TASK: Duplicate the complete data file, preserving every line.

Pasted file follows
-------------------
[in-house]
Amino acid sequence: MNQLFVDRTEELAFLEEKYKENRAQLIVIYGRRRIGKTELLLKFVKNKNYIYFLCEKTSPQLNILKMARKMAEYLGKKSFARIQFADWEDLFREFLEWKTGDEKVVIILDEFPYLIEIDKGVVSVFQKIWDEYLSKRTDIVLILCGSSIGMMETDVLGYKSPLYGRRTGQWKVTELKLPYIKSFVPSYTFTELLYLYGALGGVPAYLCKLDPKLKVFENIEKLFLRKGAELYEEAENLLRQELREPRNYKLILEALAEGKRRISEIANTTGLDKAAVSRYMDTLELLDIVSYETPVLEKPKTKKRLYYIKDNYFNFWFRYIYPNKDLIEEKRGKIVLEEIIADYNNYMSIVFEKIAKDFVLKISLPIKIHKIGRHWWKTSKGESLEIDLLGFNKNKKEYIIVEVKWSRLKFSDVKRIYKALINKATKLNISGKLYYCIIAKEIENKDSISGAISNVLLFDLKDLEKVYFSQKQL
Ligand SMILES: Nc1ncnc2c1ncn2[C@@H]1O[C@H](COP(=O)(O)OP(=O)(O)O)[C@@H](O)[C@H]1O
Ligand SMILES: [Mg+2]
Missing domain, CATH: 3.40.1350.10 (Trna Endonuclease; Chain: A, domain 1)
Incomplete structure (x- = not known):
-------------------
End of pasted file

[in-house]
Amino acid sequence: MNQLFVDRTEELAFLEEKYKENRAQLIVIYGRRRIGKTELLLKFVKNKNYIYFLCEKTSPQLNILKMARKMAEYLGKKSFARIQFADWEDLFREFLEWKTGDEKVVIILDEFPYLIEIDKGVVSVFQKIWDEYLSKRTDIVLILCGSSIGMMETDVLGYKSPLYGRRTGQWKVTELKLPYIKSFVPSYTFTELLYLYGALGGVPAYLCKLDPKLKVFENIEKLFLRKGAELYEEAENLLRQELREPRNYKLILEALAEGKRRISEIANTTGLDKAAVSRYMDTLELLDIVSYETPVLEKPKTKKRLYYIKDNYFNFWFRYIYPNKDLIEEKRGKIVLEEIIADYNNYMSIVFEKIAKDFVLKISLPIKIHKIGRHWWKTSKGESLEIDLLGFNKNKKEYIIVEVKWSRLKFSDVKRIYKALINKATKLNISGKLYYCIIAKEIENKDSISGAISNVLLFDLKDLEKVYFSQKQL
Ligand SMILES: Nc1ncnc2c1ncn2[C@@H]1O[C@H](COP(=O)(O)OP(=O)(O)O)[C@@H](O)[C@H]1O
Ligand SMILES: [Mg+2]
Missing domain, CATH: 3.40.1350.10 (Trna Endonuclease; Chain: A, domain 1)
Incomplete structure (x- = not known):